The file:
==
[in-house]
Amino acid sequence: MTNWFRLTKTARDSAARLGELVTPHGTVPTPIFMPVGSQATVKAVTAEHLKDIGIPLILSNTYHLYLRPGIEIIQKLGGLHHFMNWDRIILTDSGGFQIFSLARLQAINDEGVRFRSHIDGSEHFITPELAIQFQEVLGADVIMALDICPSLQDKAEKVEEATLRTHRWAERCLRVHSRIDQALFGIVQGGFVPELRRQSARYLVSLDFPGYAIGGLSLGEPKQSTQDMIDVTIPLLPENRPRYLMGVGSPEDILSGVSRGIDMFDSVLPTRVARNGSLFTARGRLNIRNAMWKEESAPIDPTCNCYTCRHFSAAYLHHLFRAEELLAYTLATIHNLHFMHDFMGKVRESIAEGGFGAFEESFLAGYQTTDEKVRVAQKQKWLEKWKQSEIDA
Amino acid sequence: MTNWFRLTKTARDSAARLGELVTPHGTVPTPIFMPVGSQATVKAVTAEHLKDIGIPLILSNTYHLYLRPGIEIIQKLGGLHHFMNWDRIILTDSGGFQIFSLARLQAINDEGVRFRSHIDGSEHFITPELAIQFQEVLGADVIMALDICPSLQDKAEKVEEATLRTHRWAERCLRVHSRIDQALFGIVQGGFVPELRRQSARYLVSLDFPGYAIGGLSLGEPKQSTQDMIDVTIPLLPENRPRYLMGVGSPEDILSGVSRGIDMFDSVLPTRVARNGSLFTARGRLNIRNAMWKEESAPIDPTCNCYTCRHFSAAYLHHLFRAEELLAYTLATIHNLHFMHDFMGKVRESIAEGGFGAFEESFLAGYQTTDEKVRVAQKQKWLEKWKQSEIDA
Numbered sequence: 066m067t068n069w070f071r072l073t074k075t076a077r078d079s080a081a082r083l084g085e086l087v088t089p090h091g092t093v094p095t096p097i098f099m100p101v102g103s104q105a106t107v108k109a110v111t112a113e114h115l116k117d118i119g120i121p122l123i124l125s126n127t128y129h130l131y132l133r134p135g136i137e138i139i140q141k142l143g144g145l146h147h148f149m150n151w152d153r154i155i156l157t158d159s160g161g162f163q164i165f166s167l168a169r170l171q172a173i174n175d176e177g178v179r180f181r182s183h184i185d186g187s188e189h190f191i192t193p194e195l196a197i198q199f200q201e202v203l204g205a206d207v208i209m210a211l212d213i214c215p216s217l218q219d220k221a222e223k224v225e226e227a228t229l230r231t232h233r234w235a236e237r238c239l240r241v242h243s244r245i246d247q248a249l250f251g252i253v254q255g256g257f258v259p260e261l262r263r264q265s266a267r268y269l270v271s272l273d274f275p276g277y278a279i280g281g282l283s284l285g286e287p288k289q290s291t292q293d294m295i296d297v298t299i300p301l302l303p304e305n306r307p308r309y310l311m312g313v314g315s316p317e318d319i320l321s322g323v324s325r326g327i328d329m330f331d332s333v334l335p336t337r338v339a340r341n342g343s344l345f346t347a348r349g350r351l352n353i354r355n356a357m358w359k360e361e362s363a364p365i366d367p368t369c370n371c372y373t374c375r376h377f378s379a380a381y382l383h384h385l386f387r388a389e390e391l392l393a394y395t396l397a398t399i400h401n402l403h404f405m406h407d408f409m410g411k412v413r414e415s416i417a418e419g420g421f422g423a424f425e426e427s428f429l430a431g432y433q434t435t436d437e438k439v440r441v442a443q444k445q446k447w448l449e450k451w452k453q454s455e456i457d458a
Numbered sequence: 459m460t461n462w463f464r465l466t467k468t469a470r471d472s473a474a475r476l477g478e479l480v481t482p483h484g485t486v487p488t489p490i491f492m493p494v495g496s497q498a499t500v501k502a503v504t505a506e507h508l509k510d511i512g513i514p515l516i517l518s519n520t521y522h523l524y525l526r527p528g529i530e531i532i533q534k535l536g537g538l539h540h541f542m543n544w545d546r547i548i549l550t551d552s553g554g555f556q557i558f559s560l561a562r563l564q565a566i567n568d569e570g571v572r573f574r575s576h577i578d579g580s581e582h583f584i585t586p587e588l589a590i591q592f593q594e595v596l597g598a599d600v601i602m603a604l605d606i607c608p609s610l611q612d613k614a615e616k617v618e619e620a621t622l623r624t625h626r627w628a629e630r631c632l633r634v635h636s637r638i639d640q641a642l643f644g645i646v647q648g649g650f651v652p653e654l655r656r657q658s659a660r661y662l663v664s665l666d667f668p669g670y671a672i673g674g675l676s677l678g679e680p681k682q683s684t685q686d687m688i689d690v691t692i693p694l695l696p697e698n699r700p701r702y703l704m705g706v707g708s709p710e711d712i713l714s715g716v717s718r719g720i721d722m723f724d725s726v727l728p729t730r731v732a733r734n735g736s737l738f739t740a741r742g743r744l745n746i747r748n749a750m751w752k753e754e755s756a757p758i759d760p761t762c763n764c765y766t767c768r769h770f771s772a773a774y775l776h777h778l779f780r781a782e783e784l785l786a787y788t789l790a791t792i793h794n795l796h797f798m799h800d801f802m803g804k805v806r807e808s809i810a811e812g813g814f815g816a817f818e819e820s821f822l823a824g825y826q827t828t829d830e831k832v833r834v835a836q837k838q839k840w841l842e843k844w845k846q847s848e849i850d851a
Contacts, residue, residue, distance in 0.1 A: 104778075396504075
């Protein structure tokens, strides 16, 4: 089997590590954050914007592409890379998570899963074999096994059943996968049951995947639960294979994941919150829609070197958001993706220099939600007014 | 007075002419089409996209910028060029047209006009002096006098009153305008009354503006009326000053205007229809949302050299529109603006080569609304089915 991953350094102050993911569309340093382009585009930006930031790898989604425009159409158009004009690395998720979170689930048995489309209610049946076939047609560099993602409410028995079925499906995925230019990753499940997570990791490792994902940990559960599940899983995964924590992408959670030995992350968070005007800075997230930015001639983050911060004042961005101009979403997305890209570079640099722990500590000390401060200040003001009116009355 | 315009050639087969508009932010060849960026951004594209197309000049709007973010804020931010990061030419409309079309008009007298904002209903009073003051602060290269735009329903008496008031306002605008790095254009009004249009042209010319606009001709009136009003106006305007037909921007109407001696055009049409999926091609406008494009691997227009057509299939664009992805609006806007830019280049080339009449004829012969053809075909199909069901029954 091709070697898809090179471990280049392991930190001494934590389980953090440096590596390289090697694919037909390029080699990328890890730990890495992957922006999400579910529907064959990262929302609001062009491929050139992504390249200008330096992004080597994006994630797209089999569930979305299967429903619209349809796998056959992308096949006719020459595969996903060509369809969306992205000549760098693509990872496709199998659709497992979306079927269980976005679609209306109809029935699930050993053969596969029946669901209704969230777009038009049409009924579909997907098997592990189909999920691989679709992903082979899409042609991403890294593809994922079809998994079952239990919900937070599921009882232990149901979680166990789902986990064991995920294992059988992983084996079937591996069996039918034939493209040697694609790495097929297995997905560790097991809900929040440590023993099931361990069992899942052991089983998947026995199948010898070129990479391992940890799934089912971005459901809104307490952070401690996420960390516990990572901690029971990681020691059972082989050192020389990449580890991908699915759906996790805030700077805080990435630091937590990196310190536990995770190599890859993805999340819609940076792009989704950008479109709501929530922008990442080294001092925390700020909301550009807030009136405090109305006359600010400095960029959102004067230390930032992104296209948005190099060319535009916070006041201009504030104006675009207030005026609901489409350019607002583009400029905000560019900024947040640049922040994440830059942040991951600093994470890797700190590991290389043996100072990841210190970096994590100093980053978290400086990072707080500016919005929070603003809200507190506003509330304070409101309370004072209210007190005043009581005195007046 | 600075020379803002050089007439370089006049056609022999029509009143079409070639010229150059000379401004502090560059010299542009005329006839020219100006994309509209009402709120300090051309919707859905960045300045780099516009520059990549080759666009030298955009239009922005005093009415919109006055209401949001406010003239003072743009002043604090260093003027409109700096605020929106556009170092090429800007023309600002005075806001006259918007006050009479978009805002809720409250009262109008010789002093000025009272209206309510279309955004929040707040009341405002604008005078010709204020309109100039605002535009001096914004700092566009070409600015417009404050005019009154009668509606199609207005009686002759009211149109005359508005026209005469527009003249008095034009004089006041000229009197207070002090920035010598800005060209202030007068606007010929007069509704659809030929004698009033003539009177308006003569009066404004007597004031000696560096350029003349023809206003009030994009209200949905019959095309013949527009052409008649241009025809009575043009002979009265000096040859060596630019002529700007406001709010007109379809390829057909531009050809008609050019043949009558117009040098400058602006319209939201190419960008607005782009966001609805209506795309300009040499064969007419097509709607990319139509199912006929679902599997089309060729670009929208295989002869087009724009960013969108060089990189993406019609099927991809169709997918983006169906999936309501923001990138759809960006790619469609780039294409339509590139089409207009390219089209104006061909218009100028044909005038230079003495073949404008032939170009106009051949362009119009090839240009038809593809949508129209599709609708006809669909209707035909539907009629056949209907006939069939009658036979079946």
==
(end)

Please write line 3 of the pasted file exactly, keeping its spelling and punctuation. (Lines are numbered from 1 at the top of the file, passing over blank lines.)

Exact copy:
Amino acid sequence: MTNWFRLTKTARDSAARLGELVTPHGTVPTPIFMPVGSQATVKAVTAEHLKDIGIPLILSNTYHLYLRPGIEIIQKLGGLHHFMNWDRIILTDSGGFQIFSLARLQAINDEGVRFRSHIDGSEHFITPELAIQFQEVLGADVIMALDICPSLQDKAEKVEEATLRTHRWAERCLRVHSRIDQALFGIVQGGFVPELRRQSARYLVSLDFPGYAIGGLSLGEPKQSTQDMIDVTIPLLPENRPRYLMGVGSPEDILSGVSRGIDMFDSVLPTRVARNGSLFTARGRLNIRNAMWKEESAPIDPTCNCYTCRHFSAAYLHHLFRAEELLAYTLATIHNLHFMHDFMGKVRESIAEGGFGAFEESFLAGYQTTDEKVRVAQKQKWLEKWKQSEIDA